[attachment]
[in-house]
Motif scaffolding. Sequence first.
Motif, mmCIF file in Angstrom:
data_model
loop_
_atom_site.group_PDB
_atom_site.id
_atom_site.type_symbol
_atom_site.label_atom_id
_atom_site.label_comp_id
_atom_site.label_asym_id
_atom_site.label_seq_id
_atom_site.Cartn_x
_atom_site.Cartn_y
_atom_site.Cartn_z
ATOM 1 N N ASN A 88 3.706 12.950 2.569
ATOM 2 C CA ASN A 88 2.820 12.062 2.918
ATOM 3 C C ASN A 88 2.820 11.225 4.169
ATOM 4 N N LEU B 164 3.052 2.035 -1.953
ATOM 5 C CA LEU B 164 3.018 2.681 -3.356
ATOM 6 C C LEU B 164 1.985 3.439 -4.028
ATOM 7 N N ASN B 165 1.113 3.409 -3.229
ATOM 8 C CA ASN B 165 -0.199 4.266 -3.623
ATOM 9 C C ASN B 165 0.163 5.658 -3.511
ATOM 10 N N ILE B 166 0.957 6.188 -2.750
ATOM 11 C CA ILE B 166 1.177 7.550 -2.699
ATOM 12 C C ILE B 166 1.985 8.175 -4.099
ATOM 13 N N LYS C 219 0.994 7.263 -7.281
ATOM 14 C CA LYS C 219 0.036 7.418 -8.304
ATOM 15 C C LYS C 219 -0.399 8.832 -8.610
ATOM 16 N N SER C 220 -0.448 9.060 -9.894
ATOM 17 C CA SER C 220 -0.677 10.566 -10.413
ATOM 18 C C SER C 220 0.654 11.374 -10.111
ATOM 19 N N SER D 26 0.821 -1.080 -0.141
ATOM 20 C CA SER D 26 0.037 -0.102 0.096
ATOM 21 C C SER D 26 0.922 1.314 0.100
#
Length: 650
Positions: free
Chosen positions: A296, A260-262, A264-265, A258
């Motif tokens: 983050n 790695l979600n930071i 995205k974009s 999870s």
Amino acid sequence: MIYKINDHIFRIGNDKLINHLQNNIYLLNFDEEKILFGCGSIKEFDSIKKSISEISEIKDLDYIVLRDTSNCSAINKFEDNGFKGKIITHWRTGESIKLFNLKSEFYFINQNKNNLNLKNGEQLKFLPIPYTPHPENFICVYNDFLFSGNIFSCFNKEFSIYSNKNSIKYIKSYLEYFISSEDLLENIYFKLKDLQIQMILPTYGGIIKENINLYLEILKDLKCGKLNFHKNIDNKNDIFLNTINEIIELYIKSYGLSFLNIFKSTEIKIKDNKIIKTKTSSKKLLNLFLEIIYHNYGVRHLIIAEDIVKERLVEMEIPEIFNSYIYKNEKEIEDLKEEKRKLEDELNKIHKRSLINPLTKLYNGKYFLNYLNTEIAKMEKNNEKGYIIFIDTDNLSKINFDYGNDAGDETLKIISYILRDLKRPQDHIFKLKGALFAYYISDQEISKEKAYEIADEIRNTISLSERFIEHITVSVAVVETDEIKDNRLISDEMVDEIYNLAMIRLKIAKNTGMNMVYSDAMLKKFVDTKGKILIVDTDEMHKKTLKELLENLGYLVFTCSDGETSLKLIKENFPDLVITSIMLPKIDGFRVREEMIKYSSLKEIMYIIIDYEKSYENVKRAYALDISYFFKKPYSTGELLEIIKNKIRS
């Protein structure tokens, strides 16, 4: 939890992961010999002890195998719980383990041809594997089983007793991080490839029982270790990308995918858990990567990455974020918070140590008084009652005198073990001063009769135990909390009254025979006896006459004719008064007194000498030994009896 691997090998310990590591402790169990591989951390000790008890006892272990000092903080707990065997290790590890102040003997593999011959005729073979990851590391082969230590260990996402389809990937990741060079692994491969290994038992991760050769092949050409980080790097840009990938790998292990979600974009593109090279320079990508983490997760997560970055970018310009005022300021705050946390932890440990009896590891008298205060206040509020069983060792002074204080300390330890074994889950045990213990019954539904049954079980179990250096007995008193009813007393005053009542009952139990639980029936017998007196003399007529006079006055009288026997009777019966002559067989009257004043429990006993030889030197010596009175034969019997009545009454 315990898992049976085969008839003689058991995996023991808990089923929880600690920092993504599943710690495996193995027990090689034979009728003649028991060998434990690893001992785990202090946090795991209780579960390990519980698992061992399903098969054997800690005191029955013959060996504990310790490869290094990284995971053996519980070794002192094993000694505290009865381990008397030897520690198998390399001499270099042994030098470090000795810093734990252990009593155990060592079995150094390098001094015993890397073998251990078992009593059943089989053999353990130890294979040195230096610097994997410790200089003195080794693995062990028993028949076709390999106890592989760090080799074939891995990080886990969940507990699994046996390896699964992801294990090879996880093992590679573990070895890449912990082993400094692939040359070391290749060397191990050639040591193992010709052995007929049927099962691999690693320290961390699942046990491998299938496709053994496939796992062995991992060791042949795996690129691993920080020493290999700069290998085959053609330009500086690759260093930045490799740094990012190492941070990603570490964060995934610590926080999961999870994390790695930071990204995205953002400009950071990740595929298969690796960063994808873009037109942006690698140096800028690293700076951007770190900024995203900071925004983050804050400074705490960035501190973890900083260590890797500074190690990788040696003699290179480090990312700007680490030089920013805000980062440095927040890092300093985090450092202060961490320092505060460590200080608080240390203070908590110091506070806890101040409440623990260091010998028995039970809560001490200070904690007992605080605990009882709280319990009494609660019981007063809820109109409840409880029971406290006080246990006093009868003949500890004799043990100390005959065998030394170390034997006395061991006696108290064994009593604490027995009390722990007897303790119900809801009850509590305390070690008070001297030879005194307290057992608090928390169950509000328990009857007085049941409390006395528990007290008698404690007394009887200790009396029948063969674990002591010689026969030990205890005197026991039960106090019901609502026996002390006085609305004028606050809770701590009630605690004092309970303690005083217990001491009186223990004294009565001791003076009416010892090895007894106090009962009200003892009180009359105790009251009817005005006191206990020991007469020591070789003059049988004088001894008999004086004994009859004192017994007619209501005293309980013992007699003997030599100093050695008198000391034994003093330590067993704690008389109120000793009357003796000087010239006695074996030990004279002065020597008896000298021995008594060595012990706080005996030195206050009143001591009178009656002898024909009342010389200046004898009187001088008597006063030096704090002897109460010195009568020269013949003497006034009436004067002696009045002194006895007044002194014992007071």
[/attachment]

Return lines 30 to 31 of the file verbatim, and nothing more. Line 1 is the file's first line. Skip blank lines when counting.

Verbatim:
ATOM 15 C C LYS C 219 -0.399 8.832 -8.610
ATOM 16 N N SER C 220 -0.448 9.060 -9.894